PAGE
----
Why No One Sleeps and What to Do About It

Jan 7, 2022

Reading time: 4 Minutes

[As seen in the Star Tribune] Sleep is a mystery. Sometimes it’s an easy, thoughtless process and other times it’s like trying to find a tiny piece of eggshell in a completely mixed cake batter.


I’ve often thought about the mystery of sleep while rocking and coaxing (sometimes pleading) my now 11-month old to sleep.


As an adult, it’s still a necessity and yet rarely a priority.


Whether it’s a result of overscheduling, emotional distress, a need to relax, or certain life stages (having young children for example), sleep is often sacrificed to create the extra space needed in our lives.


Shocking Sleep Statistics and Trends

young man tired with head on tableSleep Advisor compiled some shocking sleep statistics and trends for 2021 in which they noted that “In 1942, Americans had 7.9 hours on average per night compared to 6.8 hours in 2013, which is a 13% decrease.”


Equally shocking is the statistic they sited from the CDC in which “35% of adults don’t get enough sleep (7 hours per day.)” That’s one out of every three people that are not getting the recommended amount of sleep.


What could you do with an extra hour of sleep each night?


The Power of Sleep

single tree at night reflecting in a pool of water


While insufficient sleep can lead to a whole host of problems, good sleep can aid in “immune function, detoxification, and increased metabolism” to name a few.


If we understood the power of proper sleep, we might just be more motivated to prioritize it in our lives.


As cited from the Nutritional Research Foundation, Dr. Fuhrman links the rise in chronic diseases with the rise in patients suffering from inadequate sleep. He believes that sleep disorders, such as insomnia and sleep apnea, can be treated with diet, exercise, and good sleep hygiene.


How Sleep Works

woman asleep in bed hiding her face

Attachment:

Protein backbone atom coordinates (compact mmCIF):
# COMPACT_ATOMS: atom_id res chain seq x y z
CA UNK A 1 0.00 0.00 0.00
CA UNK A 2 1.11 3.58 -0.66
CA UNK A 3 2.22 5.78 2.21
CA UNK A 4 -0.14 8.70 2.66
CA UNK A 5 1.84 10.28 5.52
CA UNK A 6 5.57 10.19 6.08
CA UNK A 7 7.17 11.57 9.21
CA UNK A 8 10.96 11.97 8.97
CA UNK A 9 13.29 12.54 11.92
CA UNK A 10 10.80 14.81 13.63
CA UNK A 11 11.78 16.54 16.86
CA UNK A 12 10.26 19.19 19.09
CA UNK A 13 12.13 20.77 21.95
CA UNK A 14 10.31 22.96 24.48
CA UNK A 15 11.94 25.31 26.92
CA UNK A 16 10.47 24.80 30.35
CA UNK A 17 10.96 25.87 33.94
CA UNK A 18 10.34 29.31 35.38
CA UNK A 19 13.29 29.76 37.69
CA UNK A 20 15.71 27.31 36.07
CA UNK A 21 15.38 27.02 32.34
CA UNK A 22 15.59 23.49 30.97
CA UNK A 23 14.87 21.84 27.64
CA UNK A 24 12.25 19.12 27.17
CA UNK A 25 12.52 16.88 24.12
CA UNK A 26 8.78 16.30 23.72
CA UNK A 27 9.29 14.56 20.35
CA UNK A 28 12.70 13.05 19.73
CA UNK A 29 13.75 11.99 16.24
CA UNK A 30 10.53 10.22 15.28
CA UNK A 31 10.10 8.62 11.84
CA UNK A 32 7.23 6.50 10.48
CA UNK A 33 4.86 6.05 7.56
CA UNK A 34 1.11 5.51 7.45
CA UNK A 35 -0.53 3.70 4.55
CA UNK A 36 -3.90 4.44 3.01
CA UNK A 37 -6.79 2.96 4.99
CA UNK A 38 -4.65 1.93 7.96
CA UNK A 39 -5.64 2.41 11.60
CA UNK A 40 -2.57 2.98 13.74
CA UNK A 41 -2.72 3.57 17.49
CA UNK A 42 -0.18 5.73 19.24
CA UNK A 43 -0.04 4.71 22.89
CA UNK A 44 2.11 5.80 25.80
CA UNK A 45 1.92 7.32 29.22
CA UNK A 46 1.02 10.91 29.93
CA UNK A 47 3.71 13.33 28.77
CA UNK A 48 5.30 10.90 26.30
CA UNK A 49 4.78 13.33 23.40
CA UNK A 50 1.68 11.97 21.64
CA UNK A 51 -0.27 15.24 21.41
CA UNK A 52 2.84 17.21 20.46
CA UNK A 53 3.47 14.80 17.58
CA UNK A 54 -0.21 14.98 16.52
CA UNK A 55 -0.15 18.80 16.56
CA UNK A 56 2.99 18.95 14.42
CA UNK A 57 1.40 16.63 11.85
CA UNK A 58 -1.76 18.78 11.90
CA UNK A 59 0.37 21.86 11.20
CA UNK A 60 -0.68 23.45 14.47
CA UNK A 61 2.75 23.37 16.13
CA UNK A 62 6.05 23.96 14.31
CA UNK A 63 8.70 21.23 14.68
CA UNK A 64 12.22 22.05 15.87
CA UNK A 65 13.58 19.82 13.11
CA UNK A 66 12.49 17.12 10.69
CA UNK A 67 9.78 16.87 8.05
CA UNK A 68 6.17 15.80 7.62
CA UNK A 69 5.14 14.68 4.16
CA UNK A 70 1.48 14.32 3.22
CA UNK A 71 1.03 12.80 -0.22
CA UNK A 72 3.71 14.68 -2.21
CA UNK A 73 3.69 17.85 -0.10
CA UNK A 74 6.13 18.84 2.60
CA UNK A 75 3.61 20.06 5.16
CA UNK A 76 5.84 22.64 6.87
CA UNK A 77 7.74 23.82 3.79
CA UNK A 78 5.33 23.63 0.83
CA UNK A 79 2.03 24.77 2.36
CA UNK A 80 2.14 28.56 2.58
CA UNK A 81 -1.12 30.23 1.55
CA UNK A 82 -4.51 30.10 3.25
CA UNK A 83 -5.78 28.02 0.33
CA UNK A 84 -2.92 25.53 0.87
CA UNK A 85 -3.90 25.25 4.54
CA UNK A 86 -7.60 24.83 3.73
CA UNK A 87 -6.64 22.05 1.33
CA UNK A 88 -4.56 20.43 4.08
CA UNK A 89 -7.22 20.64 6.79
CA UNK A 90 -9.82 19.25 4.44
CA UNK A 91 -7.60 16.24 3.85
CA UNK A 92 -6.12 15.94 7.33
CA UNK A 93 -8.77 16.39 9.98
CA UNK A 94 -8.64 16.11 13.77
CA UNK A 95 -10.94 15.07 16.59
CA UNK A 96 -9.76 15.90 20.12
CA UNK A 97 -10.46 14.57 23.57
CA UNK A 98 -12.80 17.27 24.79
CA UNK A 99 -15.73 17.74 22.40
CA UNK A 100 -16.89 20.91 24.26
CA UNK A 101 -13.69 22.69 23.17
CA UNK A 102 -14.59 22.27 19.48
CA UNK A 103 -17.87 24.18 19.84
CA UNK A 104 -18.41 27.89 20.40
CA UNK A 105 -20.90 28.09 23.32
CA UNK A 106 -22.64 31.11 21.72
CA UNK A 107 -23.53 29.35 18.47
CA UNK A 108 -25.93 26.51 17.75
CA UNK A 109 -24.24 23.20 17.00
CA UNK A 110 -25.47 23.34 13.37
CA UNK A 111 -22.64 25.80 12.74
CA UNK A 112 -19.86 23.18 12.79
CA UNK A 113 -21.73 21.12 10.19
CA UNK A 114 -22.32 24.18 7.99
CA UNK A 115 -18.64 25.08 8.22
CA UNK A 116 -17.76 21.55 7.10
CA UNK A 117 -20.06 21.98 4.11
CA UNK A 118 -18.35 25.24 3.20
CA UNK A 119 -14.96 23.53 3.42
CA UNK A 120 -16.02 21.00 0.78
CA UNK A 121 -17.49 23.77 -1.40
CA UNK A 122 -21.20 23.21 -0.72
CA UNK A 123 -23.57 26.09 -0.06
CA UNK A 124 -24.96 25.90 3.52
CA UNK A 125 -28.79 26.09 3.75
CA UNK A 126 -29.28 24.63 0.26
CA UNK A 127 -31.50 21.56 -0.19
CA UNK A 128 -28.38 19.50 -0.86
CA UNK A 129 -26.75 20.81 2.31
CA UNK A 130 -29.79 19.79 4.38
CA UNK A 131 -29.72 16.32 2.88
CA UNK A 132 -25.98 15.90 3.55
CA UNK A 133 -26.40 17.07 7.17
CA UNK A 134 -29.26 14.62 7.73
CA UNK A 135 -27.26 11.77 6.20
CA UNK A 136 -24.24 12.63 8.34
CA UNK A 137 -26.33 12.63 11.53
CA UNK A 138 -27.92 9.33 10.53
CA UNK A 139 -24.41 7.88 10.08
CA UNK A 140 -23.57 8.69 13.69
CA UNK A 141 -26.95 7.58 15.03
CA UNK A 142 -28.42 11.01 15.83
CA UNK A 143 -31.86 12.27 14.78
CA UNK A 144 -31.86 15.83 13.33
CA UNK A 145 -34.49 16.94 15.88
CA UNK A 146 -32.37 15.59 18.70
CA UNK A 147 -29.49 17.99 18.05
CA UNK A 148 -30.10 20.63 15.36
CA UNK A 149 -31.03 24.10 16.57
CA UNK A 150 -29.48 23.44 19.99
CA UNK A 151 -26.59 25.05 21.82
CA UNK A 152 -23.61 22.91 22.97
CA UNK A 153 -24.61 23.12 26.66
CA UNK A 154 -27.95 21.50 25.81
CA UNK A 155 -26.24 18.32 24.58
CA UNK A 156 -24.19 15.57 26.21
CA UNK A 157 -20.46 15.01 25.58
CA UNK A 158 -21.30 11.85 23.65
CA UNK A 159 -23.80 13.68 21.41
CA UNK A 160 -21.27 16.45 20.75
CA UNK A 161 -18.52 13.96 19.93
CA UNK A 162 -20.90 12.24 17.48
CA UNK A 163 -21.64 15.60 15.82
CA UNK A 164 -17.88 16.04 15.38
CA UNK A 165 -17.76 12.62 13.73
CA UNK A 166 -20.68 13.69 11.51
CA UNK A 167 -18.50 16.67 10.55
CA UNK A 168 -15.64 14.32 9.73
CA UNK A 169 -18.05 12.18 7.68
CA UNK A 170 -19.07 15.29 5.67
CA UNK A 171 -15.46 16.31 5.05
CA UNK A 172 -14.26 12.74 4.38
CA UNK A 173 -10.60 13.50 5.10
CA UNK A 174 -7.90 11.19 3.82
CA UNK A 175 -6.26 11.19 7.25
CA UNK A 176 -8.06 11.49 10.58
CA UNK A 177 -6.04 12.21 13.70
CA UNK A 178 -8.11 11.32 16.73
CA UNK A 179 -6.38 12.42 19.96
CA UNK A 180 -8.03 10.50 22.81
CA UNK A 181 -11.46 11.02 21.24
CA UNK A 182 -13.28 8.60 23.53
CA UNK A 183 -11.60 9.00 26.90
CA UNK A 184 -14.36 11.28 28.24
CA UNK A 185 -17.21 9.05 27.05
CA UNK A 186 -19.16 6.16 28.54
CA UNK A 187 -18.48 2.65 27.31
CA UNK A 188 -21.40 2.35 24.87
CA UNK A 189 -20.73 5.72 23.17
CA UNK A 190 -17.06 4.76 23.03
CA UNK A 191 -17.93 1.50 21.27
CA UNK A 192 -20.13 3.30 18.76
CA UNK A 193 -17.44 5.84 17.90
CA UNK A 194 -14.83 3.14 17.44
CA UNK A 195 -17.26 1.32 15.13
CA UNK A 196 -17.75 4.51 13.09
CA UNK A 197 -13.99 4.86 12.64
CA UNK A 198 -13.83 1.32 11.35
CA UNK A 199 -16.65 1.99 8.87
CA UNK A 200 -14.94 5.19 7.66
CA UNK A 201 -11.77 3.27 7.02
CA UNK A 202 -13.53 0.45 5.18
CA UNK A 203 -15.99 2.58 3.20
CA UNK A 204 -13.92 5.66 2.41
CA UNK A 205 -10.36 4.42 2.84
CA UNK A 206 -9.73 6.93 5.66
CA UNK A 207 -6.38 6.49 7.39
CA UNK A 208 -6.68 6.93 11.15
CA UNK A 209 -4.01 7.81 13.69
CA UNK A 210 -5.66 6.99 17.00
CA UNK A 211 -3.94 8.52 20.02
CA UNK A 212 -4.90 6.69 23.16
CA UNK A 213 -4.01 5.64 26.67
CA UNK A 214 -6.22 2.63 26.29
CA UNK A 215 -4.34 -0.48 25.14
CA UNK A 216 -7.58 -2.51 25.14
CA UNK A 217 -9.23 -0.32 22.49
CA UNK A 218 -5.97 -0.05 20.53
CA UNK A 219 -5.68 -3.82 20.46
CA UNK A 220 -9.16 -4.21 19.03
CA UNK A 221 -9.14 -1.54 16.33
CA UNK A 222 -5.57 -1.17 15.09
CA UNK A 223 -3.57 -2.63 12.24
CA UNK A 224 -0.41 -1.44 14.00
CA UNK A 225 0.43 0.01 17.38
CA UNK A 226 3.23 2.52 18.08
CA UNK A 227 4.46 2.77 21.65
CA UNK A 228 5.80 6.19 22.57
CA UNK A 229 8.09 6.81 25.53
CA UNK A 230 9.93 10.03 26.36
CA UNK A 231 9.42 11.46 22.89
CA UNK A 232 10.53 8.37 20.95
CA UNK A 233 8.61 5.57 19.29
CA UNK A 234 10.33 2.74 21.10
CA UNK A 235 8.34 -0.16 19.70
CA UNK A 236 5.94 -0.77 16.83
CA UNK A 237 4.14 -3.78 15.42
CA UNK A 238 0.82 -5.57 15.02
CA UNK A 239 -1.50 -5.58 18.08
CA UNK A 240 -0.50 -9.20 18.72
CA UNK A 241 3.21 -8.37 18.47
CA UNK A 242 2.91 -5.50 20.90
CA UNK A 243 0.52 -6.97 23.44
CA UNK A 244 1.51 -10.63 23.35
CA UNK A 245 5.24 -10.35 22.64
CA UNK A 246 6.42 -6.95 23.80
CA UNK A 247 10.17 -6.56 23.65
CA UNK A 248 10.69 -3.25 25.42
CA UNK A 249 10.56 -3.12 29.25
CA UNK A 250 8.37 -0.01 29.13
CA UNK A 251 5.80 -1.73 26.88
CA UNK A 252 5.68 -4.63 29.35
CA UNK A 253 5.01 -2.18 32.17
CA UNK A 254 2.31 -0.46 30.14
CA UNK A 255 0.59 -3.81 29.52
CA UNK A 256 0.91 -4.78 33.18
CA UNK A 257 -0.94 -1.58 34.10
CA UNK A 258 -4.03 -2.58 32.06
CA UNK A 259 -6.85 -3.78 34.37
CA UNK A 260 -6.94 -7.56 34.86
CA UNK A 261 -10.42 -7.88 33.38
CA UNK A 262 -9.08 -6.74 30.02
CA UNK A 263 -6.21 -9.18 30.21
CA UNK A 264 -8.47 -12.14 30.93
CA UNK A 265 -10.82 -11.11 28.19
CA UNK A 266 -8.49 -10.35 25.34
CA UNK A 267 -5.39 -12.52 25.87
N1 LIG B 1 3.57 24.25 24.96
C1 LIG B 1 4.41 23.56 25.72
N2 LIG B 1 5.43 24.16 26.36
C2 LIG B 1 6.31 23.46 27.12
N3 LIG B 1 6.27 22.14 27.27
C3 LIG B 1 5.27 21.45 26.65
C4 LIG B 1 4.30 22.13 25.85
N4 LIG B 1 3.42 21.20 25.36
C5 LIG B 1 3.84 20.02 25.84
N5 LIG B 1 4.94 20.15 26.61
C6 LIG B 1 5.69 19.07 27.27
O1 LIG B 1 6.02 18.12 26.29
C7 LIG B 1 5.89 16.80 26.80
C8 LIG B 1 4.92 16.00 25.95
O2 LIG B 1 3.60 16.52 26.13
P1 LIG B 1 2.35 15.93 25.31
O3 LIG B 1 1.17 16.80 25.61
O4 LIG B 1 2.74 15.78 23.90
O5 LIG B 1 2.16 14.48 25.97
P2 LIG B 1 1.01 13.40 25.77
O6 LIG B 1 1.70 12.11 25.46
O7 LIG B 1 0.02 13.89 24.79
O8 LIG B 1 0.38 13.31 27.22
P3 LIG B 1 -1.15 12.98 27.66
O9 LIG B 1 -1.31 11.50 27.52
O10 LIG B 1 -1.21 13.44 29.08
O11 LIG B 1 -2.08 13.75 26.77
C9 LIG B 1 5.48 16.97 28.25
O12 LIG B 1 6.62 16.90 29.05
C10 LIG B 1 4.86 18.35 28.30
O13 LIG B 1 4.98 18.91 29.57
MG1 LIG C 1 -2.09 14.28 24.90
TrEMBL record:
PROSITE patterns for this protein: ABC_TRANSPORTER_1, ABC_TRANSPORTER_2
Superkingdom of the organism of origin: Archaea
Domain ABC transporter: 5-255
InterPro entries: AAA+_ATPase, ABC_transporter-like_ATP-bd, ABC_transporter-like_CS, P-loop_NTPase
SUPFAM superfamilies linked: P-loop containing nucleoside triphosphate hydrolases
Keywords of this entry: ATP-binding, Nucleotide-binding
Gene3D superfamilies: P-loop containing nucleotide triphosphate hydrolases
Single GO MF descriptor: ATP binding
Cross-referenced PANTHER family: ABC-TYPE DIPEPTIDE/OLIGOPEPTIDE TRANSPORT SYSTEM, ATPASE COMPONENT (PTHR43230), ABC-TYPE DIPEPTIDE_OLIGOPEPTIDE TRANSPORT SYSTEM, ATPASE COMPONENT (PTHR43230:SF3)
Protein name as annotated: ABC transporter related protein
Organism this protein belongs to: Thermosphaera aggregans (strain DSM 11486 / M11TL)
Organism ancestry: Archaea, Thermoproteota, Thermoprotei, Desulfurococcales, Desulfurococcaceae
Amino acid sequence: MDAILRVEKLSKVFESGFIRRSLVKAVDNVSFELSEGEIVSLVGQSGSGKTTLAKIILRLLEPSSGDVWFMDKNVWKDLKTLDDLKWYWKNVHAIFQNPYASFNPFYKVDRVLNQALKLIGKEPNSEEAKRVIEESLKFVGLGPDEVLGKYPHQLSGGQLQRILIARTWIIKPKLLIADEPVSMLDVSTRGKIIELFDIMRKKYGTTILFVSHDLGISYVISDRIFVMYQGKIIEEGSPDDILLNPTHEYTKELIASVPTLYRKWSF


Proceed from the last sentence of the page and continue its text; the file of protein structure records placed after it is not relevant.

As cited by the Sleep Foundation, although decades of research have been dedicated to studying the intricacies of sleep, scientists still have much to learn. What we do know is that within minutes of falling asleep, things in your body and brain change. Basically, your brain and body power down, and you expend less energy.


There are also four different stages to sleep which include deep sleep and REM sleep (two of the most well-known stages.) Throughout a good night’s sleep, a person will move through these stages multiple times in what is called a sleep cycle.


Our hormones and chemicals play a vital role in our sleep regulation, and it goes without saying that sleep is important. However, all of this fun science barely matters to you if you’re struggling with sleep.


Healthy Sleep Tipsclose up of white covers in a dimly lit room

So what can you do about it? The Sleep Foundation created an extensive list of healthy sleep tips to help establish better “sleep hygiene” which include:

  • Creating a Sleep-Inducing Bedroom
  • Optimizing Your Sleep Schedule
  • Crafting a Pre-Bed time Routine
  • Fostering Pro-Sleep Habits During the Day

They provide specific tips under each of these categories to help you on the journey to better sleep.


Click here for top 4 sleep tips


Bypass the Afternoon Slump with Energy Sustaining Tips

girl laying head down while on computer

One of the healthy sleep tips under “Fostering Pro-Sleep Habits During the Day” is to avoid caffeine in the afternoon. Are you tempted to caffeinate when you feel that afternoon slump hit? Before reaching for that second (or third, or fourth) cup of coffee in the afternoon, stop! It may be what’s impacting your sleep. Consider bypassing the afternoon slump with these healthier habits.


What is Blue Light and How to Protect Yourself

cell phone lit up in a dark room

The technological age that we live in has brought even more challenges to sleep hygiene. They certainly weren’t dealing with the effects of blue light in 1942 when the average adult was getting an extra hour of sleep every night.


With screens seemingly everywhere we turn, how can we protect ourselves from blue light? Some of the many helpful tips from the article “What is Blue Light and How to Protect Yourself” include:

Take screen breaks. Follow the 20-20-20 rule. Every 20 minutes, look 20 feet away for 20 seconds

Start minimizing or eliminating your screen time in the 2-3 hours prior to bed time

Use light-blocking or room-darkening curtains or blinds


Is Over-scheduling Causing You Stress (and Inadequate Sleep?)

blurred traffic lights at night on highway

Stress can be detrimental to sleep and many families are victim to rampant over-scheduling. If you feel like your life is just too busy for you to prioritize getting adequate sleep, consider the helpful information in this article, “Is Over-scheduling causing you stress?,” which includes warning signs of overscheduling and what to do about it.



Sleep is good. Sleep is important. Sleep is a mystery.


If, after trying all the best tips and tricks, you’re still struggling with sleep, consider speaking with a counselor about it. Medi-Share members have unlimited access to virtual behavioral health counseling services at no additional cost. Seek support if you’re struggling. Schedule a 30-minute appointment today!

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